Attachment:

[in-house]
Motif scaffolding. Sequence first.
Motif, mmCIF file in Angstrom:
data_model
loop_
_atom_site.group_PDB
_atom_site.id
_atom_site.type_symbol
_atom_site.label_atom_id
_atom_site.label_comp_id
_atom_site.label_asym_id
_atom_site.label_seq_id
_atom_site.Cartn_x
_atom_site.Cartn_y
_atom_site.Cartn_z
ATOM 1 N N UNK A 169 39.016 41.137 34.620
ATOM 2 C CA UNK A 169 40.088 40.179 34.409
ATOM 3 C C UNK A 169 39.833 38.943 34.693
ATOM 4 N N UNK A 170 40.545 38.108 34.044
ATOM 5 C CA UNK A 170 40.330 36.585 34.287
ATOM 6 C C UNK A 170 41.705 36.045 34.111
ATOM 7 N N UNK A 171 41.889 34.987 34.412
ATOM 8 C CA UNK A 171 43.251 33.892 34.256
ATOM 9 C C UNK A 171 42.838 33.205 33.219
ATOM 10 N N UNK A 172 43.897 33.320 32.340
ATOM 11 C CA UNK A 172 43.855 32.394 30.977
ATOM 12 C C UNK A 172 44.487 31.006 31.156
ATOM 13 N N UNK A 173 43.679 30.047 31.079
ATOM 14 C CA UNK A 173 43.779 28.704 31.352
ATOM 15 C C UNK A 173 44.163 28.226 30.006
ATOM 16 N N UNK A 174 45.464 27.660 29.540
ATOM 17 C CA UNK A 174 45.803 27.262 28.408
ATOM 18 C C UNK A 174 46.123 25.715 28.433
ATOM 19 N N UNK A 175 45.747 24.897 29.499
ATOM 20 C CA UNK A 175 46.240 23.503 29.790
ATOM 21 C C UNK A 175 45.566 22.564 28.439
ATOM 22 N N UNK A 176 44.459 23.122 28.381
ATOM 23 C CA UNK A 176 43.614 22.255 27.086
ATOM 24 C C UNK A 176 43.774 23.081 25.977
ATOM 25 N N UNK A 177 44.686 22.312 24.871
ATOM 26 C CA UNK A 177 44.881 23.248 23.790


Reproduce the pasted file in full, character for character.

[in-house]
Motif scaffolding. Sequence first.
Motif, mmCIF file in Angstrom:
data_model
loop_
_atom_site.group_PDB
_atom_site.id
_atom_site.type_symbol
_atom_site.label_atom_id
_atom_site.label_comp_id
_atom_site.label_asym_id
_atom_site.label_seq_id
_atom_site.Cartn_x
_atom_site.Cartn_y
_atom_site.Cartn_z
ATOM 1 N N UNK A 169 39.016 41.137 34.620
ATOM 2 C CA UNK A 169 40.088 40.179 34.409
ATOM 3 C C UNK A 169 39.833 38.943 34.693
ATOM 4 N N UNK A 170 40.545 38.108 34.044
ATOM 5 C CA UNK A 170 40.330 36.585 34.287
ATOM 6 C C UNK A 170 41.705 36.045 34.111
ATOM 7 N N UNK A 171 41.889 34.987 34.412
ATOM 8 C CA UNK A 171 43.251 33.892 34.256
ATOM 9 C C UNK A 171 42.838 33.205 33.219
ATOM 10 N N UNK A 172 43.897 33.320 32.340
ATOM 11 C CA UNK A 172 43.855 32.394 30.977
ATOM 12 C C UNK A 172 44.487 31.006 31.156
ATOM 13 N N UNK A 173 43.679 30.047 31.079
ATOM 14 C CA UNK A 173 43.779 28.704 31.352
ATOM 15 C C UNK A 173 44.163 28.226 30.006
ATOM 16 N N UNK A 174 45.464 27.660 29.540
ATOM 17 C CA UNK A 174 45.803 27.262 28.408
ATOM 18 C C UNK A 174 46.123 25.715 28.433
ATOM 19 N N UNK A 175 45.747 24.897 29.499
ATOM 20 C CA UNK A 175 46.240 23.503 29.790
ATOM 21 C C UNK A 175 45.566 22.564 28.439
ATOM 22 N N UNK A 176 44.459 23.122 28.381
ATOM 23 C CA UNK A 176 43.614 22.255 27.086
ATOM 24 C C UNK A 176 43.774 23.081 25.977
ATOM 25 N N UNK A 177 44.686 22.312 24.871
ATOM 26 C CA UNK A 177 44.881 23.248 23.790